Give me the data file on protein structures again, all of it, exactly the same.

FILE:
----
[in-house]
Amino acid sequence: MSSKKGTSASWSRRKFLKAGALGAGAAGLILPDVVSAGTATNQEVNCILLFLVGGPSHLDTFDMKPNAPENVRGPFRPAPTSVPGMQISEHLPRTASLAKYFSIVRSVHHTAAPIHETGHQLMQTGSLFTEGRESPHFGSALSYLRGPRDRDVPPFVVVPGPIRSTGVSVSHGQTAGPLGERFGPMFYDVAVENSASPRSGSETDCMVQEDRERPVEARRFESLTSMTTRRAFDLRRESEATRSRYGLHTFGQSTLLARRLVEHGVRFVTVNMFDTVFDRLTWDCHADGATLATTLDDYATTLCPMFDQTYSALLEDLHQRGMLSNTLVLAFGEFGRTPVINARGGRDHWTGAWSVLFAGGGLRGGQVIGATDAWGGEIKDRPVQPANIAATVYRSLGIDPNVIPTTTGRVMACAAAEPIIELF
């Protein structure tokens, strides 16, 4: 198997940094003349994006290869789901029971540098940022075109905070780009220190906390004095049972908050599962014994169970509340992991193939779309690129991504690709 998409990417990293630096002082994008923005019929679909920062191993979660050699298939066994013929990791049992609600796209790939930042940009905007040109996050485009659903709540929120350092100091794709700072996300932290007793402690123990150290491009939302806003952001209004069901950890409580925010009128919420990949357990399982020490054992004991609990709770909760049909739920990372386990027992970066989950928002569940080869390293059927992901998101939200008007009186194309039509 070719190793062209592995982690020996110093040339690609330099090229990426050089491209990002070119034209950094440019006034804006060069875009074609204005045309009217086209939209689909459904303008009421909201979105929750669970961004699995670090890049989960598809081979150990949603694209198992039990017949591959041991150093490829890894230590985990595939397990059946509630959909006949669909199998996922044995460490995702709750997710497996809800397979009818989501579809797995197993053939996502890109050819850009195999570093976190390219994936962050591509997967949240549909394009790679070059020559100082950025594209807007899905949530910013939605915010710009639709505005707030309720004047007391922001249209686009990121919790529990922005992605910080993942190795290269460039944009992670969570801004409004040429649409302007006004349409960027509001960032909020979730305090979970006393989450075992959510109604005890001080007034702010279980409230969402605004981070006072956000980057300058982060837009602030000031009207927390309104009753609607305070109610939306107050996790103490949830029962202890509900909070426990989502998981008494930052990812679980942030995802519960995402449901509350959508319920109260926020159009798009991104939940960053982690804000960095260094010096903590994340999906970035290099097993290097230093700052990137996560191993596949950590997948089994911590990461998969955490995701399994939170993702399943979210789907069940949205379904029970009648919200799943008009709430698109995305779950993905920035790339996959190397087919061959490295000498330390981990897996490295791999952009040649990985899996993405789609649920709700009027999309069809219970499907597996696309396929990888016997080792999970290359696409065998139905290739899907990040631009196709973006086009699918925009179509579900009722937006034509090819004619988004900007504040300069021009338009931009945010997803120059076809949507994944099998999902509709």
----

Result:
[in-house]
Amino acid sequence: MSSKKGTSASWSRRKFLKAGALGAGAAGLILPDVVSAGTATNQEVNCILLFLVGGPSHLDTFDMKPNAPENVRGPFRPAPTSVPGMQISEHLPRTASLAKYFSIVRSVHHTAAPIHETGHQLMQTGSLFTEGRESPHFGSALSYLRGPRDRDVPPFVVVPGPIRSTGVSVSHGQTAGPLGERFGPMFYDVAVENSASPRSGSETDCMVQEDRERPVEARRFESLTSMTTRRAFDLRRESEATRSRYGLHTFGQSTLLARRLVEHGVRFVTVNMFDTVFDRLTWDCHADGATLATTLDDYATTLCPMFDQTYSALLEDLHQRGMLSNTLVLAFGEFGRTPVINARGGRDHWTGAWSVLFAGGGLRGGQVIGATDAWGGEIKDRPVQPANIAATVYRSLGIDPNVIPTTTGRVMACAAAEPIIELF
């Protein structure tokens, strides 16, 4: 198997940094003349994006290869789901029971540098940022075109905070780009220190906390004095049972908050599962014994169970509340992991193939779309690129991504690709 998409990417990293630096002082994008923005019929679909920062191993979660050699298939066994013929990791049992609600796209790939930042940009905007040109996050485009659903709540929120350092100091794709700072996300932290007793402690123990150290491009939302806003952001209004069901950890409580925010009128919420990949357990399982020490054992004991609990709770909760049909739920990372386990027992970066989950928002569940080869390293059927992901998101939200008007009186194309039509 070719190793062209592995982690020996110093040339690609330099090229990426050089491209990002070119034209950094440019006034804006060069875009074609204005045309009217086209939209689909459904303008009421909201979105929750669970961004699995670090890049989960598809081979150990949603694209198992039990017949591959041991150093490829890894230590985990595939397990059946509630959909006949669909199998996922044995460490995702709750997710497996809800397979009818989501579809797995197993053939996502890109050819850009195999570093976190390219994936962050591509997967949240549909394009790679070059020559100082950025594209807007899905949530910013939605915010710009639709505005707030309720004047007391922001249209686009990121919790529990922005992605910080993942190795290269460039944009992670969570801004409004040429649409302007006004349409960027509001960032909020979730305090979970006393989450075992959510109604005890001080007034702010279980409230969402605004981070006072956000980057300058982060837009602030000031009207927390309104009753609607305070109610939306107050996790103490949830029962202890509900909070426990989502998981008494930052990812679980942030995802519960995402449901509350959508319920109260926020159009798009991104939940960053982690804000960095260094010096903590994340999906970035290099097993290097230093700052990137996560191993596949950590997948089994911590990461998969955490995701399994939170993702399943979210789907069940949205379904029970009648919200799943008009709430698109995305779950993905920035790339996959190397087919061959490295000498330390981990897996490295791999952009040649990985899996993405789609649920709700009027999309069809219970499907597996696309396929990888016997080792999970290359696409065998139905290739899907990040631009196709973006086009699918925009179509579900009722937006034509090819004619988004900007504040300069021009338009931009945010997803120059076809949507994944099998999902509709």